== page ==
3 Keys to Websites That Work (Part 1)

The world needs your church. Why? Because the world needs to experience God’s love. We worship a God who uses churches to bring hope and healing to a hurting and broken world. The world needs our message because the world needs God. 

If we want the world to hear this message, we need a communication strategy that meets people where they are and uses every available tool. In a world that is getting more digital, not less, so must our outreach. This requires a strategy that meets people where they are in digital spaces. Thus, effectively reaching people begins with a digital front door – i.e. your website – that leads people into your church so they can encounter the God who loves us all. 

Fundamentals of Websites That Work
We begin here with Key #1 – Purpose. Watch for additional posts on Design and Future.

  1. Purpose. Everything starts with purpose. If you don’t know where you’re going, how will you know when you get there?  

  1. Design. Websites need to function with as little friction as possible, with a compelling design that reflects who we are as a church. 

  1. Future. We need a website that can grow and evolve. The last thing we want is to create something that becomes irrelevant or ineffective every time technology evolves or a staff person or volunteer moves on.  

The purpose of your website begins with the purpose of your church. For Resurrection, our purpose is to build a Christian community where non-religious and nominally religious people are becoming deeply committed Christians. This means the purpose of our website is to earn the attention of non-religious and nominally religious people above all else. Your church’s purpose is going to be specific to your context. The point is that the purpose of your website is to advance the purpose of your church.  

Some churches have a clearly stated purpose. Others may require some work to define, articulate or simply remember their purpose. These questions can help frame the conversation about purpose – for your church and, thus, your website:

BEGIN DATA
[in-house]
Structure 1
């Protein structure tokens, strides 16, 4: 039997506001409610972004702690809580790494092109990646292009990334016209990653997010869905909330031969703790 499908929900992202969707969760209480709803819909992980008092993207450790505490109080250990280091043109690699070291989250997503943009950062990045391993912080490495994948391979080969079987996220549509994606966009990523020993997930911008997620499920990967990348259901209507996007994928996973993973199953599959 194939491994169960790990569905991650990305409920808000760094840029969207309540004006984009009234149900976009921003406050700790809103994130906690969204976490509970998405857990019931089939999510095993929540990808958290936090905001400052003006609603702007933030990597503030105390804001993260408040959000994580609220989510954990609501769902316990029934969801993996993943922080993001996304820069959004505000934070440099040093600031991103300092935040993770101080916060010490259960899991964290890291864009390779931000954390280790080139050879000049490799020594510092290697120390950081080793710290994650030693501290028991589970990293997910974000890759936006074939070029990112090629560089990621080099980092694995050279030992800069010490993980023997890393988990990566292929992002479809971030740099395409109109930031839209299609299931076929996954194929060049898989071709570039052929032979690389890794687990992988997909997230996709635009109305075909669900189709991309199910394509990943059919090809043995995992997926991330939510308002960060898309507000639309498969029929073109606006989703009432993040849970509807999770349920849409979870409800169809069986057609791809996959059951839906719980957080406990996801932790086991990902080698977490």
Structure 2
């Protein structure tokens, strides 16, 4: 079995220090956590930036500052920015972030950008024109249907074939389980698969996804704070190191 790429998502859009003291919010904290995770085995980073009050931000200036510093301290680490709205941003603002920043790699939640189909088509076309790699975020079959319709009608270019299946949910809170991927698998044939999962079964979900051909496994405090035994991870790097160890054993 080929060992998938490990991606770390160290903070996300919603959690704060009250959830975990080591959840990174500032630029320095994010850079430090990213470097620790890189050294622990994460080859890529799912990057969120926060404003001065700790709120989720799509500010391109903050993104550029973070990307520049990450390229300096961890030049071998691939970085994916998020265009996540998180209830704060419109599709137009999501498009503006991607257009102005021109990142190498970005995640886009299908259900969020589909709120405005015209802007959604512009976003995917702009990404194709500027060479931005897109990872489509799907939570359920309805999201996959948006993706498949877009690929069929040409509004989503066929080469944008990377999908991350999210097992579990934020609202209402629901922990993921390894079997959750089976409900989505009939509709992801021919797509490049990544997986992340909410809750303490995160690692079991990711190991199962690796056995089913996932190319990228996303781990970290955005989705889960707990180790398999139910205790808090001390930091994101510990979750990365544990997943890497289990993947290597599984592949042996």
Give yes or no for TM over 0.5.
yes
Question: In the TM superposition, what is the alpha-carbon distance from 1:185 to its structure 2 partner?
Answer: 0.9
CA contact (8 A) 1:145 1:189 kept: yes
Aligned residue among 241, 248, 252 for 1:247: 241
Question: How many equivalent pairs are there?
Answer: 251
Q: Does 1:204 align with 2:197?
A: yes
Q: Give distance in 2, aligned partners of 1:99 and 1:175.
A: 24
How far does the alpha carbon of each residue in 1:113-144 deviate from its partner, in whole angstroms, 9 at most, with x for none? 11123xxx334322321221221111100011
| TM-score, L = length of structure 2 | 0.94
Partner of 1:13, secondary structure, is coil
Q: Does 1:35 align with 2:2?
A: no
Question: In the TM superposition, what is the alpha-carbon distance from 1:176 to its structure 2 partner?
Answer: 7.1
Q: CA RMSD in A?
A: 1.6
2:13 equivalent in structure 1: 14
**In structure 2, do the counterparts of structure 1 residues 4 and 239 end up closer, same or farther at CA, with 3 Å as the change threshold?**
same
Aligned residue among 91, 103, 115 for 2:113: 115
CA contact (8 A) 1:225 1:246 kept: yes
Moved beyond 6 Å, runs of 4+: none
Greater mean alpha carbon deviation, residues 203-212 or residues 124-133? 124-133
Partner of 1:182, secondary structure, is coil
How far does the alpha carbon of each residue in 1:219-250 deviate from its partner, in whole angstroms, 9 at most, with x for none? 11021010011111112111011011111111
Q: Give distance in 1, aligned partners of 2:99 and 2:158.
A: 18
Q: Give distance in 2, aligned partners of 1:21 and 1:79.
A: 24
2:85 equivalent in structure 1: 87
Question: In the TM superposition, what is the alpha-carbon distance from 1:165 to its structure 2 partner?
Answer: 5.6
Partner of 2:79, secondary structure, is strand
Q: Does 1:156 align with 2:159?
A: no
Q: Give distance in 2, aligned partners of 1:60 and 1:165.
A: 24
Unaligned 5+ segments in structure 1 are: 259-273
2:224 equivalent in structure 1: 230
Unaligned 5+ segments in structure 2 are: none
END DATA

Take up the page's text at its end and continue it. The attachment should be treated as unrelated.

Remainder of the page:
Audience. Who is your intended audience?
The more specific the better. What demographic are you trying to reach? Obviously, as a church, we want to welcome everyone. We aren’t talking about being exclusive but, especially when it comes to digital media, we want to think specifically.

Gap. What gap are you trying to close?
There is a gap between the world as it is and the world as it should be. What are the problems and challenges your intended audience is facing? Perhaps your church is in a community with an under-resourced school. You recognize the school needs repairs and is often running short on supplies. Knowing every kid deserves quality education, your church begins to recognize there is a gap between the opportunities kids at the under-resourced school are receiving and what they deserve.

Opportunity. What ways is your church working to close the gap?
How is your church making a difference? How is your church uniquely positioned to close gaps in your community? What ministries or programs are closing the gap between where the world is and where it should be? Continuing the example above, your church might decide investing in local elementary education is a new ministry initiative. Perhaps you begin collecting school supply donations from your congregation and surrounding community to donate to the school and/or organize a “Serve Saturday” with volunteers who are willing to help with basic repairs and painting at the school.

Invitation. How can your intended audience join you in closing the gap?
People will not act unless you ask them. You know your audience. You know the gap you’re trying to close. You know the opportunities your church is providing to help close that gap. The invitation is about asking your audience to join you.

Purpose is a funny thing. It’s often the shortest to read through and the easiest to skip, but it is the most important step. Creating a digital front door that is both welcoming and engaging requires clarity of purpose. Only then can we intentionally build a website that clearly and effectively reflects our purpose to the world around us.

Matt Williams is responsible for Resurrection's web presence and is part of the Marketing & Engagement Team. Prior to Resurrection, Matt was a baseball coach and entrepreneur. He founded and operated multiple successful businesses in the youth baseball industry. He and his wife, Kristin, are the proud parents of Brayden, Ella and Connor.